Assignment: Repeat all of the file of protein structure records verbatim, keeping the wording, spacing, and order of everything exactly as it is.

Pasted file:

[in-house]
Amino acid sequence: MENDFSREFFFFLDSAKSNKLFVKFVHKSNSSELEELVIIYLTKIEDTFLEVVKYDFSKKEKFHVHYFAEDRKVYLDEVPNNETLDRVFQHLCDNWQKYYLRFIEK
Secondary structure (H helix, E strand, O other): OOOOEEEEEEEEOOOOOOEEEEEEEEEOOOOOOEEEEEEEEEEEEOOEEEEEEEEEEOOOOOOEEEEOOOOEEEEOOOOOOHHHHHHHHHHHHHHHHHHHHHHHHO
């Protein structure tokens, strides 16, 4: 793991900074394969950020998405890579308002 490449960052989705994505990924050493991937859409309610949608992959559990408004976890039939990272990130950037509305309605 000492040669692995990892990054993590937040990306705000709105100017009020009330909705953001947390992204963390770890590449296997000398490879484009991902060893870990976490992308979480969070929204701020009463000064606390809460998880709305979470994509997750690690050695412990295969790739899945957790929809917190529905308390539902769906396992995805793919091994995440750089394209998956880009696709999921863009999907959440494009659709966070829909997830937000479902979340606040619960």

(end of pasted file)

[in-house]
Amino acid sequence: MENDFSREFFFFLDSAKSNKLFVKFVHKSNSSELEELVIIYLTKIEDTFLEVVKYDFSKKEKFHVHYFAEDRKVYLDEVPNNETLDRVFQHLCDNWQKYYLRFIEK
Secondary structure (H helix, E strand, O other): OOOOEEEEEEEEOOOOOOEEEEEEEEEOOOOOOEEEEEEEEEEEEOOEEEEEEEEEEOOOOOOEEEEOOOOEEEEOOOOOOHHHHHHHHHHHHHHHHHHHHHHHHO
């Protein structure tokens, strides 16, 4: 793991900074394969950020998405890579308002 490449960052989705994505990924050493991937859409309610949608992959559990408004976890039939990272990130950037509305309605 000492040669692995990892990054993590937040990306705000709105100017009020009330909705953001947390992204963390770890590449296997000398490879484009991902060893870990976490992308979480969070929204701020009463000064606390809460998880709305979470994509997750690690050695412990295969790739899945957790929809917190529905308390539902769906396992995805793919091994995440750089394209998956880009696709999921863009999907959440494009659709966070829909997830937000479902979340606040619960």